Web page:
AWS urges Supreme Court to reject Oracle JEDI review petition

In a court brief Amazon says arguments over potential conflicts of interest are moot because Oracle did not satisfy gateway criteria for the cloud contract.
AWS - Amazon Web Services Office in Houston, Texas
The Amazon Web Services office in Houston, Texas. (Wikimedia Commons/Tony Webster)

Amazon Web Services has filed a brief with the U.S. Supreme Court urging it to reject an earlier petition by Oracle to renew its challenge to the Pentagon’s $10 billion Joint Enterprise Defense Infrastructure (JEDI) contract.

In a filing on June 18, the web hosting giant says Oracle’s case should not be heard because it relies on the contention that personal conflicts of interest with Department of Defense employees affected the outcome of the case.

“The alleged personal conflicts of interest (which concern the actions of DoD employees, not the actions of AWS) are highly fact-bound and had no effect on Oracle’s exclusion from the competitive range,” Amazon said in its filing to the court.

Oracle in January sought a review of the U.S. Court of Appeals for the Federal Circuit’s decision to uphold lower court rulings, which found it didn’t meet basic security requirements necessary to be considered for the contract. It represented the latest salvo in Oracle’s challenge to the contract, which was first launched in late 2018 alleging that DOD’s decision to award the contract to a single vendor was illegal.


Oracle also raised questions around conflicts of interest involving DOD employees involved in the procurement who went on to take jobs with Amazon — even though Amazon would ultimately lose its bid for JEDI.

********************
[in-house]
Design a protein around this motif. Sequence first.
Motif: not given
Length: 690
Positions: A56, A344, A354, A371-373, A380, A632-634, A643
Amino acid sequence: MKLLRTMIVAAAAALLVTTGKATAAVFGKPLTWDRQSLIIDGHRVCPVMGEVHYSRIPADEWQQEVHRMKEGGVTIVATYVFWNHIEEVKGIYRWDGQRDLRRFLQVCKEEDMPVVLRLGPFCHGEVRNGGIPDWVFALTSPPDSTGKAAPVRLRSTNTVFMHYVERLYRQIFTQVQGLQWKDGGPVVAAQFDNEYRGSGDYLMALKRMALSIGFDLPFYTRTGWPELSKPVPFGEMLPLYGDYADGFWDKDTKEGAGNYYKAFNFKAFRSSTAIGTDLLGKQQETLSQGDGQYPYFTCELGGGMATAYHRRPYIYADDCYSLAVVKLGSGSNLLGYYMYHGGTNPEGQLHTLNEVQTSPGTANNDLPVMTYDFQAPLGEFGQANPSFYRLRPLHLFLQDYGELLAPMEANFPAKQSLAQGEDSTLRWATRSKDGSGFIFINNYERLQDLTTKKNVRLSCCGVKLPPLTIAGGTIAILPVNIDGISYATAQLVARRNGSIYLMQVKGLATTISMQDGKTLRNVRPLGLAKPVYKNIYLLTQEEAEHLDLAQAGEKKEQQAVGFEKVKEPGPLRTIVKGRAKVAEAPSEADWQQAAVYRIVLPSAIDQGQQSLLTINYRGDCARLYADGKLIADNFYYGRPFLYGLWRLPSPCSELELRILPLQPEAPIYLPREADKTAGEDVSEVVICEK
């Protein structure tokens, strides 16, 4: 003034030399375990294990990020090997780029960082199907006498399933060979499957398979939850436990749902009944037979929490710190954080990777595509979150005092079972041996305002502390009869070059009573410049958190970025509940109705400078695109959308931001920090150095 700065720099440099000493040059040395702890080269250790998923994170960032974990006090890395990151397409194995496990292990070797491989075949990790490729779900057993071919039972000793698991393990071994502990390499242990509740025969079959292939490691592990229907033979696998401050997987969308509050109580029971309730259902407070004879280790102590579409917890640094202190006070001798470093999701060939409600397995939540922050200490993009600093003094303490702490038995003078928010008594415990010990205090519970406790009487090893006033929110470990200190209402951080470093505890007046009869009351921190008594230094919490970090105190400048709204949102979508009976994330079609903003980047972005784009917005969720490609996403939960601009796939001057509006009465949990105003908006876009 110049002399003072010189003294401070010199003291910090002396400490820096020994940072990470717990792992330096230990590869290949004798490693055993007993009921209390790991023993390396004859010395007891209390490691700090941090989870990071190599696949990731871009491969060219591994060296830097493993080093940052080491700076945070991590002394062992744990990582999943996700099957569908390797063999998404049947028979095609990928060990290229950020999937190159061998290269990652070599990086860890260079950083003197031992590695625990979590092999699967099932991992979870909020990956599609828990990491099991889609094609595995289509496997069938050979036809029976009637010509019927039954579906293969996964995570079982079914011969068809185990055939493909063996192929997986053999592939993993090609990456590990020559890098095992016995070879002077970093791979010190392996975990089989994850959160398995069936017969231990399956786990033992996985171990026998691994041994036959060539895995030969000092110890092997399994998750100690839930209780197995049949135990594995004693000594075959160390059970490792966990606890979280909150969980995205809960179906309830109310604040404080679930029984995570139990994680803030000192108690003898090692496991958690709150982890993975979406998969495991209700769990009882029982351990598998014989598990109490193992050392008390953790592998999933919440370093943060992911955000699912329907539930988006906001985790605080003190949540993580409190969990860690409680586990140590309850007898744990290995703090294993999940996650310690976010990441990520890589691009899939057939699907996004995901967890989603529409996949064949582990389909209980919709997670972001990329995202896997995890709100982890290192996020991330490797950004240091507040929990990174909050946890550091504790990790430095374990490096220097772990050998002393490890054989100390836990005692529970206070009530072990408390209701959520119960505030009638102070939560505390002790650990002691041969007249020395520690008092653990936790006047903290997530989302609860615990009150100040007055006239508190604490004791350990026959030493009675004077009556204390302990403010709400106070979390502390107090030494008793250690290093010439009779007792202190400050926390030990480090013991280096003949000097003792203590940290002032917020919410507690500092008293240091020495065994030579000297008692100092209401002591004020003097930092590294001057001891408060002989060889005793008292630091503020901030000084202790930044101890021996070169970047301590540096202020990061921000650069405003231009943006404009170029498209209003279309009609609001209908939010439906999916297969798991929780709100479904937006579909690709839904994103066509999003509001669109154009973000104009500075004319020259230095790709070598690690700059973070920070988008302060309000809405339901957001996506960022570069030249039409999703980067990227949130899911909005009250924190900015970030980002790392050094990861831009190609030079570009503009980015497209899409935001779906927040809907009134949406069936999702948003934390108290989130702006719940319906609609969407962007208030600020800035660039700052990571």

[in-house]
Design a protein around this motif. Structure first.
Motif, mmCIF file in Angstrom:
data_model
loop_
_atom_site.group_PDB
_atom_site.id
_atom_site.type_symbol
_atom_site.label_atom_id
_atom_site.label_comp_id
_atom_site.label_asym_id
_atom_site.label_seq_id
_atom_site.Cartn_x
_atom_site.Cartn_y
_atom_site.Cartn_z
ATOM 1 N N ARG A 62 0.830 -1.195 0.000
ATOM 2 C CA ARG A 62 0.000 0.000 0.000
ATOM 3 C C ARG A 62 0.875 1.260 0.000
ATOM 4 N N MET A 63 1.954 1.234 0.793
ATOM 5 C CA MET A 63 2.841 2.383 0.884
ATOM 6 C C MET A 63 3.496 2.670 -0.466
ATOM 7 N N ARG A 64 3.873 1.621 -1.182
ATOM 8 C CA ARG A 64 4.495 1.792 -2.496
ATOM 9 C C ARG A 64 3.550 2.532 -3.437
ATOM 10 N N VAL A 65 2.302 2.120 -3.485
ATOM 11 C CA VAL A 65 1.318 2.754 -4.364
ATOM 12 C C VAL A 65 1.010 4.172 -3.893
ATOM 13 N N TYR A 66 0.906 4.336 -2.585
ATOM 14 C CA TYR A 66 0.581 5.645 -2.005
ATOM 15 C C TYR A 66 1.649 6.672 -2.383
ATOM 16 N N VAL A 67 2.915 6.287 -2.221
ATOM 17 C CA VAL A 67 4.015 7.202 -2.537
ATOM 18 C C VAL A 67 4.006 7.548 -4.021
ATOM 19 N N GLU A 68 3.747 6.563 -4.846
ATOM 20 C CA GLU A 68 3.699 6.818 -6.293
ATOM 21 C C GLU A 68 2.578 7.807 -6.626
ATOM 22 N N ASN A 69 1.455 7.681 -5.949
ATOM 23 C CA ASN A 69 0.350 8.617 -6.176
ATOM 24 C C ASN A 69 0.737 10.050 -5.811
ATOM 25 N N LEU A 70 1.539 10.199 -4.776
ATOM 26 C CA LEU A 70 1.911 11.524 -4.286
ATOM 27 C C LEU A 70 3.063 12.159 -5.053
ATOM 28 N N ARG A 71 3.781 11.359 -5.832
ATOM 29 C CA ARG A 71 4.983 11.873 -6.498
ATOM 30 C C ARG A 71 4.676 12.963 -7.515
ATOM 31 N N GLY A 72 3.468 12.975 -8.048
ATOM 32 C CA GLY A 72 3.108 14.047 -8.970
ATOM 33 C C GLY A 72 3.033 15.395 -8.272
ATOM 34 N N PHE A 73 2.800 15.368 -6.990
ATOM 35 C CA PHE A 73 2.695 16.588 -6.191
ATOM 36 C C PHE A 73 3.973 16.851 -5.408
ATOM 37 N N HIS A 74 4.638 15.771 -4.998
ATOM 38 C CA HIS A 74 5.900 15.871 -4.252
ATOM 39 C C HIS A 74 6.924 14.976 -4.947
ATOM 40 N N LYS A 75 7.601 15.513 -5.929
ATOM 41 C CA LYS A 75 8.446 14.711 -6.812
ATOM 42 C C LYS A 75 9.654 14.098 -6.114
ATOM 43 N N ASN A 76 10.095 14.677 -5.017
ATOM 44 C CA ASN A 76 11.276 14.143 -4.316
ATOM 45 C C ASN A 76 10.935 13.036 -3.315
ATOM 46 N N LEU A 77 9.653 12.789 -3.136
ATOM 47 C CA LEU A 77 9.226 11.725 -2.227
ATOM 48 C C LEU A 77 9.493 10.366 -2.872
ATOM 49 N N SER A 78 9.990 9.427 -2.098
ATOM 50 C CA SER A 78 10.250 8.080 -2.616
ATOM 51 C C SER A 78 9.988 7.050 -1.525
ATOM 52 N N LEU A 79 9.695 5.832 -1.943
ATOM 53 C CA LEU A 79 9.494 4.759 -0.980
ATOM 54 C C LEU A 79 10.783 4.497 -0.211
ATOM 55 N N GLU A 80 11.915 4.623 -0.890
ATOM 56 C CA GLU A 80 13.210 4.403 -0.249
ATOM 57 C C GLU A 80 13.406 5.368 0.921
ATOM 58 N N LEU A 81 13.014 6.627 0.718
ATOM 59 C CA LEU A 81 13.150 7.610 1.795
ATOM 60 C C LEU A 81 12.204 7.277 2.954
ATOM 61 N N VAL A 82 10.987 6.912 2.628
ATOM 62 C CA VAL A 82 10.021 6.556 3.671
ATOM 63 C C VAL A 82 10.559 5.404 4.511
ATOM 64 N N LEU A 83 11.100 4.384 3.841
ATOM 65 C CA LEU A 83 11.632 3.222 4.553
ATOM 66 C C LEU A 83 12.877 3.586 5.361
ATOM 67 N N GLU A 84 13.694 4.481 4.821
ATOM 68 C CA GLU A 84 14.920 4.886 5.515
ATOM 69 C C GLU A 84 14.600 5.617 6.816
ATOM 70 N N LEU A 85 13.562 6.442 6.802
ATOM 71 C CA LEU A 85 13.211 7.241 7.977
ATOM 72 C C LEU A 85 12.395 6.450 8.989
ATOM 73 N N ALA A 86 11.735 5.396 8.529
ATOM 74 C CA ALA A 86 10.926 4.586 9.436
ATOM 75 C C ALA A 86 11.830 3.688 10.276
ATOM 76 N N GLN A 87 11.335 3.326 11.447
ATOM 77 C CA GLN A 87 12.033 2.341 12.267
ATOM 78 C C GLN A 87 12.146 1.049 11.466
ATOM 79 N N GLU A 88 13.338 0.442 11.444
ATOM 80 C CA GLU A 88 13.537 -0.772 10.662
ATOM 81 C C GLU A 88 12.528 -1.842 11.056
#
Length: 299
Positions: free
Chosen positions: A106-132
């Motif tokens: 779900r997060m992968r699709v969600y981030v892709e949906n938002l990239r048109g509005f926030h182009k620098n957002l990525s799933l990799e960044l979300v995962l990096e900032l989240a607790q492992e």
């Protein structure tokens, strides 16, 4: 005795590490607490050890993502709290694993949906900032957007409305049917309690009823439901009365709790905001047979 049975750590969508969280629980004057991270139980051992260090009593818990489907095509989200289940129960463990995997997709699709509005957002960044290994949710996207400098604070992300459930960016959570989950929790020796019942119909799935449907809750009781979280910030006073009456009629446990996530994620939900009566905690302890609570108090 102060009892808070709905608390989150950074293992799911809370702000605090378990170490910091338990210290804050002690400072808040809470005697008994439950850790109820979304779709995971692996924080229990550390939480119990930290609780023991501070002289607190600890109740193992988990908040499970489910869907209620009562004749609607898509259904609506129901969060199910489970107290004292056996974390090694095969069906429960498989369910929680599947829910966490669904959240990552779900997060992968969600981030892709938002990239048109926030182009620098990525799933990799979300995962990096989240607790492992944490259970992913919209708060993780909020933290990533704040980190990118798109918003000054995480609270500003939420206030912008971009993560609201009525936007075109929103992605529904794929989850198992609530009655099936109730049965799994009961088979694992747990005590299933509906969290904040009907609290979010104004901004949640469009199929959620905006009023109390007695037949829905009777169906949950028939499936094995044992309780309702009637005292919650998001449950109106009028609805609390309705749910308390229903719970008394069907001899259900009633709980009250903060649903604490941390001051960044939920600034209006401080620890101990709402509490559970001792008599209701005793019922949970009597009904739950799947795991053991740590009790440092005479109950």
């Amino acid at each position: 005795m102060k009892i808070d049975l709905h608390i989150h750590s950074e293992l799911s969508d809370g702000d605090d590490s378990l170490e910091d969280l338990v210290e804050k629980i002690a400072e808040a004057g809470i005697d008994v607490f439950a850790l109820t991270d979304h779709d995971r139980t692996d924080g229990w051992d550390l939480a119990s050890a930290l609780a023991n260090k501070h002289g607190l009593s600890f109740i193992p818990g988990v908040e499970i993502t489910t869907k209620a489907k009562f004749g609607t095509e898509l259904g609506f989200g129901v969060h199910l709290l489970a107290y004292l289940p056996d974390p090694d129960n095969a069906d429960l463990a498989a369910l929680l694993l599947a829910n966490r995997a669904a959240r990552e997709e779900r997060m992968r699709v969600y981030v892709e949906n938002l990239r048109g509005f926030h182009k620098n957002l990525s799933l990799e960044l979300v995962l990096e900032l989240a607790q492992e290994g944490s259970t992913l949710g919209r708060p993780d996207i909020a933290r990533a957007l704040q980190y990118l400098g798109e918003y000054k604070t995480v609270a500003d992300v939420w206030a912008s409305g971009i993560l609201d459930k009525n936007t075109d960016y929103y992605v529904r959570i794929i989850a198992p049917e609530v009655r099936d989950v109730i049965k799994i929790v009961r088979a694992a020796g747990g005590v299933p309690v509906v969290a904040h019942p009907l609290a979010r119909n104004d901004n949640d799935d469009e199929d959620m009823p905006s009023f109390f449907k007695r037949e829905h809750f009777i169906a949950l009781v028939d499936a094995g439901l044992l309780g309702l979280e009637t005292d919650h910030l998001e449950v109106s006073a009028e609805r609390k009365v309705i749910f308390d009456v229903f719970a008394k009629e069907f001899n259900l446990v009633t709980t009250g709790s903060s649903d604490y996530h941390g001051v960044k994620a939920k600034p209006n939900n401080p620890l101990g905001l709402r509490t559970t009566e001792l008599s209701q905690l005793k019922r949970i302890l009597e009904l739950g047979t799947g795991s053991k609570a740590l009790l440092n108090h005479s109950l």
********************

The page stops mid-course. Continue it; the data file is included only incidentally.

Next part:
In its latest submission to the court, Amazon argues that even if the court were to decide that officials involved in the contract procurement process were open to influence, it would not impact the outcome of the case because Oracle did not meet the basic gate security criteria for the contract.

“Specifically, DoD found that Oracle’s proposal failed to satisfy Gate 1.1, and Oracle conceded that it failed to satisfy Gate 1.2 ‘at the time of proposal,” AWS said in its Supreme Court brief.

AWS argues that it is not the appropriate venue for hearing such allegations because they are “intensely fact-based” and have no clear bearing on the contract’s outcome.

The filing of the brief is the latest step in the long-running dispute, and comes amid continued uncertainty over JEDI.


On Monday, Deputy Secretary of Defense Kathleen Hicks said the DOD could take a new direction on the contract by next month, and that it was “actively looking at [its] options”.

Earlier this month, a Court of Federal Claims judge granted AWS’s requested timeline for hearings in separate litigation objecting to DOD’s award of JEDI to Microsoft. The web hosting giant continues to seek the disclosure of additional internal communications from the Department of Defense, including emails and Slack messages.

This follows a decision in April by the same court to stop the government from dismissing AWS’s allegations of political interference. The DOD in January sent an “information paper” to Congress explaining the potential impacts if the case continued for an extended period.

AWS and Oracle did not immediately respond to a request for comment. A DOD spokesperson declined to comment.

Latest Podcasts